Anaplastic thyroid cancer represents a rare, highly aggressive form of thyroid cancer with a poor prognosis and an overall survival ranging from 5 to 12 months. Unfortunately, treatment options remain limited, even for patients with a targetable driver mutation. Here, we present a case of a patient with a BRAF V600E-mutated, PD-L1 positive (tumor proportion score of 95%) anaplastic thyroid cancer refractory to standard therapies, including debulking surgery, followed by chemoradiation, who had further progressed on PD-1 monotherapy, and was unable to tolerate BRAF/MEK inhibition. Ongoing treatment with FS118, a bispecific LAG-3/PD-L1 antagonist, has afforded 3 years of disease control, including a late confirmed partial response, with excellent tolerability. Given this response, further investigation is required to delineate the mechanism by which dual PD-L1/LAG-3 blockade by FS118 overcomes initial PD-1 pathway resistance, and therefore, identify which patients are most likely to benefit. Simultaneously, expanded use should be considered for those with refractory disease, especially if PD-L1 positive.
Dual PD-L1/LAG-3 blockade may be an effective treatment strategy for refractory metastatic tumors, including anaplastic thyroid cancer.
- Head and Neck Neoplasms
- Therapies, Investigational
- Translational Medical Research
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In contrast to differentiated thyroid cancer, anaplastic thyroid cancer (ATC) is rare and extremely aggressive. While it accounts for less than 2% of all thyroid cancers, it leads to greater than 50% of annual thyroid cancer-related mortality.1 Recently, there has been rapid acceleration in the development and implementation of novel therapies, including targeted therapies and immunotherapy. Most notably, up to 50% of ATCs harbor BRAF V600E mutations and a recent phase II study demonstrated that dual BRAF/MEK inhibition with dabrafenib and trametinib led to an overall response rate of nearly 70%.2 However, even in the era of target therapy, the median overall survival (OS) of ATC is 5–12 months.1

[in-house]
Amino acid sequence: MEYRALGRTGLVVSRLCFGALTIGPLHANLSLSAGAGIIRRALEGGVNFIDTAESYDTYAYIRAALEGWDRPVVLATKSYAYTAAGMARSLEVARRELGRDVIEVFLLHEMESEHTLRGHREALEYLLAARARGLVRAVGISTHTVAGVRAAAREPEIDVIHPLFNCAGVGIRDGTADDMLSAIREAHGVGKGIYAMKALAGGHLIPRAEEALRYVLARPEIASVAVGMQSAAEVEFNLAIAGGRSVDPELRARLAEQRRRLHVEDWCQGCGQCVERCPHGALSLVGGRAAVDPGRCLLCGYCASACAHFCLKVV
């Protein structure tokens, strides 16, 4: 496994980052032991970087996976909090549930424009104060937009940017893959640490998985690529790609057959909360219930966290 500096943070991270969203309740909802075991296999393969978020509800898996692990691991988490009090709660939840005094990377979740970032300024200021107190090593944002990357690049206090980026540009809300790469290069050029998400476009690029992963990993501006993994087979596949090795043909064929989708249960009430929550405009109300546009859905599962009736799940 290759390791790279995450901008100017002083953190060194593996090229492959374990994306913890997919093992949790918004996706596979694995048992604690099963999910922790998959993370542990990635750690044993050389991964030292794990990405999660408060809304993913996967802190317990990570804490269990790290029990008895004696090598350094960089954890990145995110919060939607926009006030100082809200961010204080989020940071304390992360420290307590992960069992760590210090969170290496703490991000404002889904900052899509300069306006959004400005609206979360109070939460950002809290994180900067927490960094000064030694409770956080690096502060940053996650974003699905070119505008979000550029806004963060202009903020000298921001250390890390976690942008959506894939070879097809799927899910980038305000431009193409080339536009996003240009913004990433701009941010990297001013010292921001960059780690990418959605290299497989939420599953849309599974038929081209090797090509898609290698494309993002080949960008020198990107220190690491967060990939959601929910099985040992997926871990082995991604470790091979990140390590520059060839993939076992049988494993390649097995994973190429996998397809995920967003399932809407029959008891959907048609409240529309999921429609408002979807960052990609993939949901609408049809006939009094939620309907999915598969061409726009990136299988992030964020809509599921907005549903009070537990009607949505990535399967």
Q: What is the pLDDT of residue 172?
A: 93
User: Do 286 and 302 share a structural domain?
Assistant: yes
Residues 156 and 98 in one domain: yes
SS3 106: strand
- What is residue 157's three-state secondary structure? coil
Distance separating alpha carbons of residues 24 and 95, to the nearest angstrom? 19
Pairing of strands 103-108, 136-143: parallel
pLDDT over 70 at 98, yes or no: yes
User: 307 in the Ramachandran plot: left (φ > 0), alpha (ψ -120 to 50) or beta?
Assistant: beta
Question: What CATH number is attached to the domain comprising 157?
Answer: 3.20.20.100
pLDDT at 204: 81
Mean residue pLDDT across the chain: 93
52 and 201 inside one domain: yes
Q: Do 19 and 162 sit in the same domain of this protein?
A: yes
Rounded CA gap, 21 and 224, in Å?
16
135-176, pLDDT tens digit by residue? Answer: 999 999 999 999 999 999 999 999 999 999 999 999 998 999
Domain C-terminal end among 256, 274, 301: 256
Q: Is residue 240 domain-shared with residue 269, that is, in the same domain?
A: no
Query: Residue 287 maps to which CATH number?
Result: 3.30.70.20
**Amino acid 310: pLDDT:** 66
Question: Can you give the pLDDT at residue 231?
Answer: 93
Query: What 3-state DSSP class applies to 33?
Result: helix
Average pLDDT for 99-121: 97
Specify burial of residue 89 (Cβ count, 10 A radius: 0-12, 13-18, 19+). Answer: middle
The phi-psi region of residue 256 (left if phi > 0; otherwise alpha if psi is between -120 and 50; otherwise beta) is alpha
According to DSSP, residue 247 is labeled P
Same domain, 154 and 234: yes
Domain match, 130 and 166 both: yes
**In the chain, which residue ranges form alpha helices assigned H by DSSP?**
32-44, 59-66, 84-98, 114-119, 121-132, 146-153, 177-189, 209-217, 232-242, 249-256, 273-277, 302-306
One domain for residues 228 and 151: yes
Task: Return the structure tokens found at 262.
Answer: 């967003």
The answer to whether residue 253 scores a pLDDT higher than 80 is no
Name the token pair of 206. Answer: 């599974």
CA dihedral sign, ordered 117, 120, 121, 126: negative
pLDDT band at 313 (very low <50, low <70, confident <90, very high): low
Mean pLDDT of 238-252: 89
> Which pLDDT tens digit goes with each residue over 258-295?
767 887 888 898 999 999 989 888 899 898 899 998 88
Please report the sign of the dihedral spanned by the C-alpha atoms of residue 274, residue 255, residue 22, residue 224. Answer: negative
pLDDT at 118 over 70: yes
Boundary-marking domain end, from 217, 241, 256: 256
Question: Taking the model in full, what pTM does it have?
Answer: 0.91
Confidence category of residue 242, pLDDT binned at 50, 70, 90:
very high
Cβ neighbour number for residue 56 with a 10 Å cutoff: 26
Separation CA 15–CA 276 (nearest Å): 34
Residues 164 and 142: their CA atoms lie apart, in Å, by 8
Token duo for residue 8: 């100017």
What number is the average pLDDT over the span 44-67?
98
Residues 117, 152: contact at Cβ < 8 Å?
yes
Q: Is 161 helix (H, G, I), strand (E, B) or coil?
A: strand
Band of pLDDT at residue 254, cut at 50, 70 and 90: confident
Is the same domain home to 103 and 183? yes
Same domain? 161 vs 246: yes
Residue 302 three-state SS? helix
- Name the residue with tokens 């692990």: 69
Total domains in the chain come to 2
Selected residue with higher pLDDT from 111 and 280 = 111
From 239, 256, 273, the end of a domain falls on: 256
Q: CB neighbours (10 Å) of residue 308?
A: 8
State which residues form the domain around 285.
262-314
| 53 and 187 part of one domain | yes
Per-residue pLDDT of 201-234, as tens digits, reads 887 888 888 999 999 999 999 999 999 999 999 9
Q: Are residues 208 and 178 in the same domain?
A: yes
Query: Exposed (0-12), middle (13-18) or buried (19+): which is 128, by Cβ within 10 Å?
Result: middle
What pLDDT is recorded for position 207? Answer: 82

Given the dismal prognosis, novel therapies are needed. Immunotherapy represents a promising approach in ATC: approximately 22% are PD-L1 positive, a proportion substantially higher than in differentiated thyroid carcinoma.3 Case reports combining immunotherapy with targeted therapies (eg, BRAF inhibitors, multitarget kinase inhibitors) have demonstrated some success, but durability of responses remains limited.4
The addition of LAG-3 blockade to anti-PD-1 in vitro enhances proliferation and cytokine secretion of T-cells compared with PD-1 blockade alone,5 providing a preclinical rationale for combination PD-1 and LAG-3 blockade for ATC refractory to standard therapies, including prior PD-1 inhibitors. Here, we present a case of a patient with ATC with progression on multiple lines of therapy, including BRAF/MEK inhibitors and a PD-1 inhibitor, with an ongoing and durable response to FS118, a tetravalent bispecific anti-PD-L1 and anti-LAG-3 molecule.6 7